Spearheading the ‘artpop’ scene in the 1980s, Kate Bush has enjoyed 50 steady decades of loyal fans. Enchanting eager listeners with her famous account of Bronte’s ‘Wiley windy moors’, her popularity has been a constant feature of British music since her first appearance. Yet somehow, the past few months have seen a surge in fandom, with her so-called ‘Fish People’ welcoming more listeners than ever. My mission is to investigate how a simple feature in a popular TV show changed the trajectory of Bush’s career.

The Strange Outsider

By now, most of us will have seen the clip featuring ‘Running Up That Hill’ from Netflix’s Stranger Things. Breaking records, Season 4 has received over 1 billion viewing hours making it Netflix’s most-watched show. From TikTokers to radio fans, millions have now seen that nail-biting showdown between Max and Vecna in the first instalment. Bush’s music crystalised the intensity of the moment.

Indeed, it is the ’80s nostalgia that somewhat accounts for her revival. In terms of counterculture, Kate is our queen. Her 1985 album Hounds of Love offered fans a concept piece depicting the internal and physical battle of a woman out at sea, reflecting her contribution to the weird and wonderful that we cite as pure ’80s eccentricity. On a technical level too, the zeitgeist she promotes traverses the boundaries of just sentiment, to pioneering musical innovation. Her sampling of electronic music combined with a familiar synth creates a sound that just feels homely. In fact, it is Kate who first used the wireless microphone (later important to contemporaries such as Madonna), reinforcing how her career is almost a caricature of ’80s sentiment and technology. That sweet sting for an era of fluorescent clothes and perms which her music embodies has drummed up enormous popularity. In short, Bush provides us with a portal to a lost time, making her the obvious choice for any ’80s soundtrack.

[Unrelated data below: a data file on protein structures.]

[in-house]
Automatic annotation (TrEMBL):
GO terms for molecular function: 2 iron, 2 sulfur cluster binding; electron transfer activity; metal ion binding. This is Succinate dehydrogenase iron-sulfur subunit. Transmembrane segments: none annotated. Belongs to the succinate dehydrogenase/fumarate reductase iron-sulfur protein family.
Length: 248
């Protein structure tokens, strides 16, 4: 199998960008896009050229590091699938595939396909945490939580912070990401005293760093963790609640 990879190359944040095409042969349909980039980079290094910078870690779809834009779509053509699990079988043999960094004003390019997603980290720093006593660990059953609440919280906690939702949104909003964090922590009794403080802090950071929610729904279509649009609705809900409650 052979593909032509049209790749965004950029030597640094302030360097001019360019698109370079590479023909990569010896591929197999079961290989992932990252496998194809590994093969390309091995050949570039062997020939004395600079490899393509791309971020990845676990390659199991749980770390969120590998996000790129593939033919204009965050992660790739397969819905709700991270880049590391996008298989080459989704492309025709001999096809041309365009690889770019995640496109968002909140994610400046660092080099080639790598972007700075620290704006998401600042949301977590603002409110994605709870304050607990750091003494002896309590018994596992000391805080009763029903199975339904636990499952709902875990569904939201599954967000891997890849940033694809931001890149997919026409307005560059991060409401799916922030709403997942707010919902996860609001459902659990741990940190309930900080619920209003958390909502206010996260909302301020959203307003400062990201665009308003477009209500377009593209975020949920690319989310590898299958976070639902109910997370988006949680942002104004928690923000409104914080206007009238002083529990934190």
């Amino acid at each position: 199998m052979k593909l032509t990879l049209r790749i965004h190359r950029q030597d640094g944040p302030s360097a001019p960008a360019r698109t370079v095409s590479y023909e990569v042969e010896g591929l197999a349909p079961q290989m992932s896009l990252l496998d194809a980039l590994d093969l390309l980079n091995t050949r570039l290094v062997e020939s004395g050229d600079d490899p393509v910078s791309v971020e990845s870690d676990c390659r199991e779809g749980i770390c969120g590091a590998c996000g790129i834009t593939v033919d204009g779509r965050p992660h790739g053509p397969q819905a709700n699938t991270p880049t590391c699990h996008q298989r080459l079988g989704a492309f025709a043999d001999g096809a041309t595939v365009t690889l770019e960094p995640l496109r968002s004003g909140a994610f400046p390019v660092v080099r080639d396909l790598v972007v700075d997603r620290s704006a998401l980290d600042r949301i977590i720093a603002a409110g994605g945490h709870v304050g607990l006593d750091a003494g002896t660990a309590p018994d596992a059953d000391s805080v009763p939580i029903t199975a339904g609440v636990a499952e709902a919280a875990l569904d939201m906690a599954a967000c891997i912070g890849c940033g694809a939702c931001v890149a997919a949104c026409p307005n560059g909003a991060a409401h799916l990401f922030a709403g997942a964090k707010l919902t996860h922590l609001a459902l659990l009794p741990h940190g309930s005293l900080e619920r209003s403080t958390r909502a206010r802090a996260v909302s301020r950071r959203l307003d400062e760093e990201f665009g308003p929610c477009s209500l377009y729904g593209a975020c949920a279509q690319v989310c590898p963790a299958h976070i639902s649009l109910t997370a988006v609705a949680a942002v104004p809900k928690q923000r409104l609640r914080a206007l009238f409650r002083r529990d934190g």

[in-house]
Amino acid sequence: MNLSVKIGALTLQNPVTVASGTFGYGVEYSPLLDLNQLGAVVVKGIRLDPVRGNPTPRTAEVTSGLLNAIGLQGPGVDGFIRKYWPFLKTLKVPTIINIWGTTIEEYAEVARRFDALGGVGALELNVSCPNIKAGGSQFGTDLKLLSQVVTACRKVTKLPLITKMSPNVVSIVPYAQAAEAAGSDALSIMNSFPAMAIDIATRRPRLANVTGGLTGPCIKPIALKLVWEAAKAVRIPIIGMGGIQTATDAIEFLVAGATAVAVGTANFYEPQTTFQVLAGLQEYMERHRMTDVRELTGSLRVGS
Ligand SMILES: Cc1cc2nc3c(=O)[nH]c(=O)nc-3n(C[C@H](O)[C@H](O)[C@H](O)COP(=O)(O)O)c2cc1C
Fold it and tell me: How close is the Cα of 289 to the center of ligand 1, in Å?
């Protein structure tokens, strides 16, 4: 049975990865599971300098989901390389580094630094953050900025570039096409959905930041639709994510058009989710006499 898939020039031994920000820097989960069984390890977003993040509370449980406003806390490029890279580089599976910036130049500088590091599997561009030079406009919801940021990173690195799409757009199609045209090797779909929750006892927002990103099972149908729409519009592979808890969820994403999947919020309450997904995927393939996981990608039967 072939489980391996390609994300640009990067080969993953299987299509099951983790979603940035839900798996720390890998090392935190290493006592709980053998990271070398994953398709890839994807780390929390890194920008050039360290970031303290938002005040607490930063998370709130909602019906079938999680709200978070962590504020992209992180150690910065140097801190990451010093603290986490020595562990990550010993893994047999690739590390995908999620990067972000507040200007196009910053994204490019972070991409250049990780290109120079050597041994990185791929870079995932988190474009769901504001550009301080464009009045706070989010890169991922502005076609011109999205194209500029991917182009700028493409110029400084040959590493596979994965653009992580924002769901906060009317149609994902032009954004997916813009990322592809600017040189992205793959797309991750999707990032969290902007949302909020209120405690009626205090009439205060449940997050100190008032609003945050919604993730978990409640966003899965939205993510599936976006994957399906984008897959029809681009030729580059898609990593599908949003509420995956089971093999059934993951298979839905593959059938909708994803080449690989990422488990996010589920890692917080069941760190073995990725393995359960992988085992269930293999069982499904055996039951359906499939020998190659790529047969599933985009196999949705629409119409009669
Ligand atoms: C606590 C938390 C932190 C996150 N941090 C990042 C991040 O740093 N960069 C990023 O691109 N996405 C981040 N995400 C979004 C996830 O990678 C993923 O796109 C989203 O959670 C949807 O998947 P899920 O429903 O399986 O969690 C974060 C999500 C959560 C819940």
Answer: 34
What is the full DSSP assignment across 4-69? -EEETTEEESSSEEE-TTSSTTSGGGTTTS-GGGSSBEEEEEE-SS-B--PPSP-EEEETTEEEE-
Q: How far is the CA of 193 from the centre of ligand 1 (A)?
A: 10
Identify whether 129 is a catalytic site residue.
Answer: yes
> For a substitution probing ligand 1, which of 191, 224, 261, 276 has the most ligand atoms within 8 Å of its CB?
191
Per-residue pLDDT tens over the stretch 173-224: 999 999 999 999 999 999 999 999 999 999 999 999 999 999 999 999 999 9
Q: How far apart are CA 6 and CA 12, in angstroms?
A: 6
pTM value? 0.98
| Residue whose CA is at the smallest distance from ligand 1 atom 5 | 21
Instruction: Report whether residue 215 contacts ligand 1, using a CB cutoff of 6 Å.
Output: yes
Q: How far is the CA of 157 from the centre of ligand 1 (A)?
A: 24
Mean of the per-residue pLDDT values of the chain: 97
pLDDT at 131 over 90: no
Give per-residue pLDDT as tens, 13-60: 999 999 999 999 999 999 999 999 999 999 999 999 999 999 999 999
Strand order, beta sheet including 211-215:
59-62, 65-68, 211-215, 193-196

Next, one must always acknowledge Kate’s position as a pioneer in the female music industry. Being the first female to achieve the number one spot in the UK charts not only flipped the patriarchy on its head, it also proved that women who don’t sing happy-go-lucky love songs can be immensely popular. At such a young age, Kate opened the doors to often marginalised female artists and has gone on to be a large influence to many more modern singers. Tori Amos and Florence Welch emulate her witchy, wistful aura. St Vincent has championed her artpop confidence. Even electric artists like Grimes are no strangers to a comparison. Not only an inventor but the original influencer, it is clear that our irresistible attraction to Kate stems from the monopoly of artists inspired by her. It is one thing to be liked, but something more to birth a race of inspiring musicians.

Champion of the Different

Regardless of the decade or genre, Kate’s outsider status creates a world of acceptance and tolerance for any fan who has ever felt, well, a bit different. Wailing about washing machines, rain-making or just a beautiful sunset has created a precedent of a musician ready to embrace the unconventional. In an ever-polarised world, this commitment to inclusivity has allured fans with the promise of a friendly, confident and quirky community. Indeed, her everlasting appeal stems from the idea that her songs simply create a new clique where fans can be who they really are, not who society wishes them to be. Being different has never mattered in Kate’s universe since, frankly, who could be more out there than Kate Bush?

And so, as her single really does Run Up That Hill to number one, we must remember that it is not just a strong sound that has lent her such popularity. Rather, a mystical, pioneering and reclusive persona has once again succeeded in enchanting a population — proving, that different is always better.

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